- Does the medical director possess the training necessary to serve in an engaged capacity? Do they possess the title of Certified Medical Director (CMD)?
- Are the main personnel (administration, therapy, nursing, activities, etc.) employed full- or part-time?
- How long have the nursing home’s managers and nursing personnel been employed there?
- Are all employees needed to receive an influenza vaccination? What percentage of employees receive the influenza vaccine if it is not mandated?
- Who will replace the resident, and how accessible is the doctor or nurse practitioner?
What to check for in the nursing facility:
- Is the care facility tidy?
- Is the building kept up well?
- Are the rooms big enough? Is there enough space between the beds to establish a private area for personal items in semi-private rooms?
- What are the available private and recreational spaces?
- Do any safety elements like grab bars and railings exist?
- Does Medicare or Medicaid have a certification from the state and the home?
- How close are relatives to the nursing home? How far away is the closest hospital?
What to check for in their services:
- How does the food taste? Examine a sample menu and request a planned weekly menu to see how things change each day of the week.
- What are the prices of basic services? Which services are included?
- What are extra services offered? What is their price?
- What happens if someone requires medical care yet is cash-strapped?
- Has the hospital or primary care office given you enough details about the diagnosis, meds, and other care you’ll need while in the nursing home?
What to check for in current residents and their families:
- Do the residents seem content and involved? Or extremely drugged and sleepy? Do they appear tidy and groomed? Do they strike you as the kind of folks you’d like to get to know? Their reactions to you are what?
- Try to keep an eye out for social occasions like meals or other events. Are residents receiving prompt assistance, if needed, with eating and traveling to and from the gathering places?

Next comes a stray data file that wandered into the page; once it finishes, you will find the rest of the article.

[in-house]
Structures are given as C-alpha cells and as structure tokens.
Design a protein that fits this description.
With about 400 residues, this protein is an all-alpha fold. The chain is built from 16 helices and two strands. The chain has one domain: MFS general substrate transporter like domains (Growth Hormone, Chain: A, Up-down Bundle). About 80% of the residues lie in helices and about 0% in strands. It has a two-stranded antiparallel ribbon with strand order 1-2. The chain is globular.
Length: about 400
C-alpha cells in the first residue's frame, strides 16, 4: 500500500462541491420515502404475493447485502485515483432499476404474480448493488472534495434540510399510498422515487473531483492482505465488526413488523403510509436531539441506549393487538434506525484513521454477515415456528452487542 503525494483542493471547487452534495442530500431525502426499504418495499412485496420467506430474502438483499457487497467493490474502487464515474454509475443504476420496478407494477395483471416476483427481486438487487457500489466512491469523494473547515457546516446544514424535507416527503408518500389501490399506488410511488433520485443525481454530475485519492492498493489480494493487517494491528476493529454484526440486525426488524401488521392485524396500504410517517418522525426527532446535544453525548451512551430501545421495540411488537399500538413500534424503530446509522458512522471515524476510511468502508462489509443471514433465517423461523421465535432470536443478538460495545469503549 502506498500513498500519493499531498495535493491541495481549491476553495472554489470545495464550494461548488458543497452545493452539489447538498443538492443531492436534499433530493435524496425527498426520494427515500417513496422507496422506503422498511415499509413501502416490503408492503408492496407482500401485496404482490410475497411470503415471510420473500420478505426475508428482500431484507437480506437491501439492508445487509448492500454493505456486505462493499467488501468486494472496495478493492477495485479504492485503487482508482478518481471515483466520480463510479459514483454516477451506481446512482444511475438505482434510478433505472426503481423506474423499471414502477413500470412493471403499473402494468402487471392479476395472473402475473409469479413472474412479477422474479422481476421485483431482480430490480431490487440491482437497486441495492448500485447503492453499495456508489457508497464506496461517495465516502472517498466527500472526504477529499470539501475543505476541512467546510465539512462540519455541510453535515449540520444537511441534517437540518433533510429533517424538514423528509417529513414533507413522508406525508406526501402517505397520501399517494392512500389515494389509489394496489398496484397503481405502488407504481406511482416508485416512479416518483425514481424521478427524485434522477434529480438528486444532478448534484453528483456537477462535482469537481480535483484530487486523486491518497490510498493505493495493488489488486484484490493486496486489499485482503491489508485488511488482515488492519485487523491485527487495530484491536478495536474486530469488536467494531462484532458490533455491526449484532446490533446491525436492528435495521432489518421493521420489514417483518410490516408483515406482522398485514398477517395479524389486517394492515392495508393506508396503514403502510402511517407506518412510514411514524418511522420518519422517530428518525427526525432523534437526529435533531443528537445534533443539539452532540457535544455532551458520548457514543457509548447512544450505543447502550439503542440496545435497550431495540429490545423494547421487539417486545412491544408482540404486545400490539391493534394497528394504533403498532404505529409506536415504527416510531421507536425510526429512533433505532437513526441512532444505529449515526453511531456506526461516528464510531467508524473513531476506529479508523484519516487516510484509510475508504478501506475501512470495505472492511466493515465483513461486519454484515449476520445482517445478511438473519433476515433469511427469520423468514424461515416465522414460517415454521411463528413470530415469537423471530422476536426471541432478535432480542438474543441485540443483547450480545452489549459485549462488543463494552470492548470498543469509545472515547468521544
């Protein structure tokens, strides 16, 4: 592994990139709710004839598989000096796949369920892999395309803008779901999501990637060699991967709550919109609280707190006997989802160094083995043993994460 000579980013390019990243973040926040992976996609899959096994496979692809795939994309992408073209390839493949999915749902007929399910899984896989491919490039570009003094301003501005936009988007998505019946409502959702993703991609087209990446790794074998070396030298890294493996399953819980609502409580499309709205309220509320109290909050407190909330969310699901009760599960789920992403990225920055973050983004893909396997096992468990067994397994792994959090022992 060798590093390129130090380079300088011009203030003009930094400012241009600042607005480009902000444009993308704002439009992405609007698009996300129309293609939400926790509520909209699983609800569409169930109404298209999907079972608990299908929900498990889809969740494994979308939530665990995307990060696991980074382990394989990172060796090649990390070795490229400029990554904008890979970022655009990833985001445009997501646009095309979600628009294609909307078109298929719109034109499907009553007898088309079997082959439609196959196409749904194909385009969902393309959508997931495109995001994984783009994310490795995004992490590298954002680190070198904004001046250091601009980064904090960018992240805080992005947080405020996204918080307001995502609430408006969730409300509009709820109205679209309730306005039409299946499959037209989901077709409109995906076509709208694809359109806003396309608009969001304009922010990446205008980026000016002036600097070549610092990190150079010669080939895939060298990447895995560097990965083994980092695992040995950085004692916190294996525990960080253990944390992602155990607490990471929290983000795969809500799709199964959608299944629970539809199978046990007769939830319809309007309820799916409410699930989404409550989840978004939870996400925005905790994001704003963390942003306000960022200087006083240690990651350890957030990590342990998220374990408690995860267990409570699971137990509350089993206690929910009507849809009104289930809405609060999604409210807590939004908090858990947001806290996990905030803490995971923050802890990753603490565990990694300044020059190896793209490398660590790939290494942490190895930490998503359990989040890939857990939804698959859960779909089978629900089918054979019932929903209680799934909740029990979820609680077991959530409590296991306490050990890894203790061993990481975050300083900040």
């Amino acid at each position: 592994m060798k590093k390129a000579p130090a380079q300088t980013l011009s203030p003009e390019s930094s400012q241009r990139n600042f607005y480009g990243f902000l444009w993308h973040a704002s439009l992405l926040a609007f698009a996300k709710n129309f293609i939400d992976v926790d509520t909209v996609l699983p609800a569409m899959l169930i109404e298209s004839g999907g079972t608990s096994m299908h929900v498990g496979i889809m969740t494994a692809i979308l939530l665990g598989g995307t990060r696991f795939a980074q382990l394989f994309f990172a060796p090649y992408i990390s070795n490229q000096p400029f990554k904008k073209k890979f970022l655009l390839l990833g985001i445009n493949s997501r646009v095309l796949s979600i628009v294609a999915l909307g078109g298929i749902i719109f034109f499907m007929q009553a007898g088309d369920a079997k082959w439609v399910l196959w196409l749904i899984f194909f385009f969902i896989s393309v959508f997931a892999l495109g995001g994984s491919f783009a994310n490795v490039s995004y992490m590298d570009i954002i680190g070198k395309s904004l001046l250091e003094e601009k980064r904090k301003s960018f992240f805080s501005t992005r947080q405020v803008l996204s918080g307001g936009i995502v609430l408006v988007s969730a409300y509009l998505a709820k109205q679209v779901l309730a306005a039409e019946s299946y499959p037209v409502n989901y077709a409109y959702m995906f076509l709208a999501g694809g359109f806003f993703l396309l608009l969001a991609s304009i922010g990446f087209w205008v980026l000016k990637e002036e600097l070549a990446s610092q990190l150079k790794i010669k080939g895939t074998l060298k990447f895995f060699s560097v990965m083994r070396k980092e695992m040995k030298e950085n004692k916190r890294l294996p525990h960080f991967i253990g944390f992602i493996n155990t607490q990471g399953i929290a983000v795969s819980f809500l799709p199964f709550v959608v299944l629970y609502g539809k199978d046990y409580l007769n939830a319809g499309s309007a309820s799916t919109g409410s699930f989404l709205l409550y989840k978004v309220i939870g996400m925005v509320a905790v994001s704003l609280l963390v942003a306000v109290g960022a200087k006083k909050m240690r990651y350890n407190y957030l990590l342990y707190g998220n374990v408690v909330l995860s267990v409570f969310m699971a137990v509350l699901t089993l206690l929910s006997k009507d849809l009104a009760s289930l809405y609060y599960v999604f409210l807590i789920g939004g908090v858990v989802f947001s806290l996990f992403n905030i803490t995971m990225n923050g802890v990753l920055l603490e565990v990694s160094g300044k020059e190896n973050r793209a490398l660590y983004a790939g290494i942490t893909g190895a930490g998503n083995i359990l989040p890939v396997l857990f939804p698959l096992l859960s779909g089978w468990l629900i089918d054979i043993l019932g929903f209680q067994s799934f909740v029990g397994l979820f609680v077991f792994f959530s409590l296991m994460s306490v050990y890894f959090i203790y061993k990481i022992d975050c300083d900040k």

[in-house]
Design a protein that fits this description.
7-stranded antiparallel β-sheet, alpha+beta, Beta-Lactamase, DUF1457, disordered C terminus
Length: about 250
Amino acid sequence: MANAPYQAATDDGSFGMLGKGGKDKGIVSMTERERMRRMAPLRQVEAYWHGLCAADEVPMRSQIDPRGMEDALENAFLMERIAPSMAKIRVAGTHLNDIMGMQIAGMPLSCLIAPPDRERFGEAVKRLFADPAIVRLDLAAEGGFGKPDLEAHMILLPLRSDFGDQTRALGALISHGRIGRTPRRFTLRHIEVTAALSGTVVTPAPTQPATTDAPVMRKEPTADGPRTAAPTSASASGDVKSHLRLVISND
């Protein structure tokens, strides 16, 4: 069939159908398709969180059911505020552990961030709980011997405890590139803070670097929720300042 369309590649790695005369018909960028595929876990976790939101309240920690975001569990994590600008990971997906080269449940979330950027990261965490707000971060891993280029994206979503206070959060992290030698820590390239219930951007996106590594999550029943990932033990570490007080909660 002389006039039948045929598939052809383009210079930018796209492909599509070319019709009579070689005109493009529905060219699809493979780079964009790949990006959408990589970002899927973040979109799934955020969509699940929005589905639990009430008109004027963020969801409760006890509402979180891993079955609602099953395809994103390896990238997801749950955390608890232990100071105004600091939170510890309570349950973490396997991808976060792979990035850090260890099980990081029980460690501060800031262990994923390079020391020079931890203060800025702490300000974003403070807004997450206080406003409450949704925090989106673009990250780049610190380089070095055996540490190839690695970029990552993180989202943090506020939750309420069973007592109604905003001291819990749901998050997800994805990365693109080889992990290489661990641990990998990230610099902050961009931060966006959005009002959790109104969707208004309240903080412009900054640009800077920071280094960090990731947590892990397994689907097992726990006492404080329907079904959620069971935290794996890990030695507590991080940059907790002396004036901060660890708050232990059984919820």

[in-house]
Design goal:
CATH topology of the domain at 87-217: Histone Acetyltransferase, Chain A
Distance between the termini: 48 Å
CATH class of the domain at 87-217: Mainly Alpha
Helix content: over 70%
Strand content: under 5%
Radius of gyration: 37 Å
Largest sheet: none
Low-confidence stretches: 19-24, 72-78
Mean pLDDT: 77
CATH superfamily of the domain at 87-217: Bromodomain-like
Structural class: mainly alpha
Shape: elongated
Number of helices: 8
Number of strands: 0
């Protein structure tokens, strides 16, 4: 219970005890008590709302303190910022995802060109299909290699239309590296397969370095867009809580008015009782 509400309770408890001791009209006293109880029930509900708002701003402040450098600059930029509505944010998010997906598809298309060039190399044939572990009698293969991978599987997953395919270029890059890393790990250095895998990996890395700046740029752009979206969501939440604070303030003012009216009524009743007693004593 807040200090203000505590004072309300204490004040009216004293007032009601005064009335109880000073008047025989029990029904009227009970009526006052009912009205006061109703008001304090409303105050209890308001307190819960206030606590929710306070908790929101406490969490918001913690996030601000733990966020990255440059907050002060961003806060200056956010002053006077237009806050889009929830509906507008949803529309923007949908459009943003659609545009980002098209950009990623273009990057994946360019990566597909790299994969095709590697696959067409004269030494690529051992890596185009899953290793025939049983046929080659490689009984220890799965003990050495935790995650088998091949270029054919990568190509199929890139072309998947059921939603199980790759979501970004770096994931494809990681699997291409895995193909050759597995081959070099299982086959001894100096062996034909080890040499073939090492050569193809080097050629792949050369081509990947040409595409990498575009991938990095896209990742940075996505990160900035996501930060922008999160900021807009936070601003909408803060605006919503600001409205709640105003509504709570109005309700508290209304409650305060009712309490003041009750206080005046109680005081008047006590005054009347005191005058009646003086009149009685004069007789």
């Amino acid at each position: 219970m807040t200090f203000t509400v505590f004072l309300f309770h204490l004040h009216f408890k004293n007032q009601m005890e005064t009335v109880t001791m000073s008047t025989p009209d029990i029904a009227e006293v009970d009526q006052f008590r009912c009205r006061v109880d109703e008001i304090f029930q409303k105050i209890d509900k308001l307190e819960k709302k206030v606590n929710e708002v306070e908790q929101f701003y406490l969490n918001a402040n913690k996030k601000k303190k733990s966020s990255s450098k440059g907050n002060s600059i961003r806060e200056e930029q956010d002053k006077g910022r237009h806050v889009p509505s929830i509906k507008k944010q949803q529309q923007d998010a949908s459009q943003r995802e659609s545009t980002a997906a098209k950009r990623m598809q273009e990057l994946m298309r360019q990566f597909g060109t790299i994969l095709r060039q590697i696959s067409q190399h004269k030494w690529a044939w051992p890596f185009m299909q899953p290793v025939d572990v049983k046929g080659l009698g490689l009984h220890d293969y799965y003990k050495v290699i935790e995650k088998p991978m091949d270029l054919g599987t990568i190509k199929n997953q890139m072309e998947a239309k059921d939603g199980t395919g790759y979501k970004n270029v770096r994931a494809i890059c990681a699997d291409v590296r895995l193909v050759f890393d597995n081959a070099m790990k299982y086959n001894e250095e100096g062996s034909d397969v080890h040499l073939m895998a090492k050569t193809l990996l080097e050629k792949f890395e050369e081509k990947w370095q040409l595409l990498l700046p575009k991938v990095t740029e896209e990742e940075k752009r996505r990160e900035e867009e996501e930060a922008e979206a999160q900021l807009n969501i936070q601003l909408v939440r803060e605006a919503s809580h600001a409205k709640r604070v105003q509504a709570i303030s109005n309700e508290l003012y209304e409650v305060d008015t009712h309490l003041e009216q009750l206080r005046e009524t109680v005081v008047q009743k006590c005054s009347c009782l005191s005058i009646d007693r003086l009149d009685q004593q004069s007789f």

If you see a family visiting, you can ask them about their impressions of the home and how their loved one has been treated.
Step 4: Choose the nursing home that best meets your needs.
Once you are fully informed about the nursing homes you are considering, consult with those familiar with your needs for personal and medical care. This can apply to your loved ones, close friends, medical professionals, clerics, sages, hospital discharge planners, and social workers.
An agreement must be completed after selecting a care facility. It is crucial to have an elder law attorney analyze this contract to ensure that there are no unstated terms, such as holding a child liable for non-payment or requiring a resident to wait a certain amount before applying for Medicaid.
Families can choose the ideal nursing home by following these procedures. Although several families require a nursing care facility immediately after being hospitalized, the majority have time to plan. Following these guidelines can assist you in avoiding making a choice that is not best for the loved one who needs care if time is not an issue. Families must obtain as much information as possible while making long-term care decisions.